Green puts team under the knife in bye week


Thursday, October 14th 2004, 8:03 pm
By: News On 6


TEMPE, Ariz. (AP) _ By his own admission, Dennis Green is not a patient man, and he is not about to settle for the slow progress he's seen from his Arizona Cardinals' offense.

So, Green said, major surgery was in order in the team's bye week.

``We've been running with two wheels on, two wheels off,'' Green said. ``Now we're going to get all four on the road.''

The Cardinals staggered into their off week 1-4 on the heels of a 31-28 overtime loss to San Francisco, a game Arizona led 28-12 with five minutes left in regulation.

It was the Cardinals' 16th consecutive road loss, the longest active streak in the NFL.

``I was telling Coach Green today that it's still been hard for me to get rid of that one,'' quarterback Josh McCown said after Thursday's workout, the last practice before a three-day break. ``Every loss is tough, but those especially.''

It's no stretch to say the Cardinals should be at least 3-2. They lost at Atlanta 6-3, fumbling away the ball three times inside the Falcons 20, and they led going into the fourth quarter in their opener at St. Louis.

Exactly what Green is talking about when he talks about major changes is unclear. He won't say, other than to indicate no personnel changes are planned.

``When we get halfway through the season, we want to be rolling real well,'' Green said, ``and to do that we had to go in and really make some heavy-duty changes.''

He hinted the changes involve working with his assistants to make sure everyone understands what he wants from an offensive scheme Green believes he helped develop a decade ago with Minnesota.

``I'm disappointed. I'm drawing up a new game plan,'' Green said. ``I was counting on a couple of things that didn't take place. I'm not a baby. You don't get everything you want. Now we have to really recalculate everything. I've done this for years and years. It's that when you get a new staff, it doesn't come together easily. The issue is really our system.''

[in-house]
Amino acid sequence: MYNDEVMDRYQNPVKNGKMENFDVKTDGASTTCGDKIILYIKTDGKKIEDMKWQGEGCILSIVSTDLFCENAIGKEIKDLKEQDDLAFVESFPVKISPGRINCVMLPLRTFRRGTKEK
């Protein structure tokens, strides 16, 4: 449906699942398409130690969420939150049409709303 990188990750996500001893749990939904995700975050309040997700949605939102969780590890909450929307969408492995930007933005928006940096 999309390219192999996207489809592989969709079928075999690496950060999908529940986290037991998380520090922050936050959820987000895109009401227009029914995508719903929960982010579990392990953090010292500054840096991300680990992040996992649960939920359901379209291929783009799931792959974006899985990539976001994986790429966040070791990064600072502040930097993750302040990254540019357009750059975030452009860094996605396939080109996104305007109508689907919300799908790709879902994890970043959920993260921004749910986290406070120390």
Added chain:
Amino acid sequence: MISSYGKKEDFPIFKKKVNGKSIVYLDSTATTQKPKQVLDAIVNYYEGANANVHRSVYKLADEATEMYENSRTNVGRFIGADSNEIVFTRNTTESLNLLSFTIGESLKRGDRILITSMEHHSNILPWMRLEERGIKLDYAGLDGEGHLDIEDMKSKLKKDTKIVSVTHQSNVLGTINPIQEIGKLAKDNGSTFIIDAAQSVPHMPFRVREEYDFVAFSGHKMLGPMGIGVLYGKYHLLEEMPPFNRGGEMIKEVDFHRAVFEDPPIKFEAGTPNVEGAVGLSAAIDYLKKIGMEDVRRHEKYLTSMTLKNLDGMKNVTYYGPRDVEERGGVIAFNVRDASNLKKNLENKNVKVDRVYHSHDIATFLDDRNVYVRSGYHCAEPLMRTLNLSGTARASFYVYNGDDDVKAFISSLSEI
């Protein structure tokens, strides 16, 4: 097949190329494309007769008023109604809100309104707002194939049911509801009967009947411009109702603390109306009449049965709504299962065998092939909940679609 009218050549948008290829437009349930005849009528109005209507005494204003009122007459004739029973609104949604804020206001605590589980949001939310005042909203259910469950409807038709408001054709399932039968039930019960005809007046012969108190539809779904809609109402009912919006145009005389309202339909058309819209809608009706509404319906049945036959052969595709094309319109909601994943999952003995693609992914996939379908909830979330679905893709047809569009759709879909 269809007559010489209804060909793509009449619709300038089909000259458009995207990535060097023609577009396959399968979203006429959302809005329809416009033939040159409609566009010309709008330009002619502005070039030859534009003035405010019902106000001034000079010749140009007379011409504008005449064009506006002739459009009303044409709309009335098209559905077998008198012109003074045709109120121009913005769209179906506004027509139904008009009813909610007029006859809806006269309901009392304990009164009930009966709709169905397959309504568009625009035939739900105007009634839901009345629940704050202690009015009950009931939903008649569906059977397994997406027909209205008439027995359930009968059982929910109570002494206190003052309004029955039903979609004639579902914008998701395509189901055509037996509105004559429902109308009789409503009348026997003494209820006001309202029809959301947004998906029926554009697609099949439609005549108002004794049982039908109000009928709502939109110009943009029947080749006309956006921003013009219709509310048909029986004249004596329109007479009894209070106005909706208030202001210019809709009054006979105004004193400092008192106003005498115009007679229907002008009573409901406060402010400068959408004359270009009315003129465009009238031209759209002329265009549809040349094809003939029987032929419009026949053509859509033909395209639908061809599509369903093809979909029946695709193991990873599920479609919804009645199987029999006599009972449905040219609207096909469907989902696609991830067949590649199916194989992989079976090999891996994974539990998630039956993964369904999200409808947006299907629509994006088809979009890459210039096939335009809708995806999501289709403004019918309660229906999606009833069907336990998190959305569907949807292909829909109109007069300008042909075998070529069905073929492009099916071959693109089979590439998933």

Arizona's offense has shown improvement. After scoring 25 points combined in their first three games, the Cardinals had 62 in their last two.

Against the 49ers, McCown threw his first three touchdown passes of the season, one to rookie Larry Fitzgerald.

Fitzgerald has not fully recovered from an ankle injury that sidelined him in training camp, and Green doesn't believe his star receiver will be 100 percent until next season.

But the rookie still leads the team in receptions with 22, and said every Sunday brings new lessons.

`I've learned so much in these last five weeks it's unbelievable,'' Fitzgerald said, ``from different coverages, to where you want to catch the ball in routes on certain coverages, just little things that you only learn by repetition.''

The offense will get a major boost soon with the return of wide receiver Anquan Boldin, last season's rookie of the year. Boldin underwent surgery in August to repair torn knee cartilage.

He won't be back for Arizona's next game, Oct. 24 against Seattle, but could return the following week at Buffalo.

``You're talking about adding a Pro Bowl player to your lineup,'' McCown said. ``He raises the level of everybody on the team when he's on the field. He brings an intense passion for the game.''

Boldin, Fitzgerald and Bryant Johnson will give Green the three wide receivers he envisioned as the centerpiece of a big-time passing offense.

Green, who still talks about making the playoffs, set a high standard for a franchise that has had one winning season since coming to Arizona in 1987.

``I just love to watch Indianapolis and Minnesota play,'' Green said. ``They are running this offense the way it should be run, and right now we're not.''

Of course, Green doesn't have Peyton Manning, Marvin Harrison, Daunte Culpepper or Randy Moss. Instead, he has McCown _ a starter for just eight games, five in Green's system.

McCown has studied tapes of the Colts and Vikings, learning how Manning and Culpepper make their decisions.

``He's definitely gotten a lot more confident,'' Fitzgerald said. ``He's giving us playmakers a chance to make plays.''

A prime example of McCown's development came against San Francisco, when he audibled out of a running play when he saw Fitzgerald facing single coverage, then lofted a 24-yard touchdown pass to the rookie.

``There's a trust factor and a faith factor that I know he can go get the ball,'' McCown said. ``He's always said, `Have faith in me, I can go get the ball.'''

It's the kind of chemistry Green is counting on to transform the Cardinals.

``I've come into this season with very high expectations about our offensive productivity, and those remain with me,'' Green said. ``I think Emmitt (Smith) will be a thousand-yard rusher. I think that Troy (Hambrick) is going to have a significant impact our team. I think Josh is starting to come on.''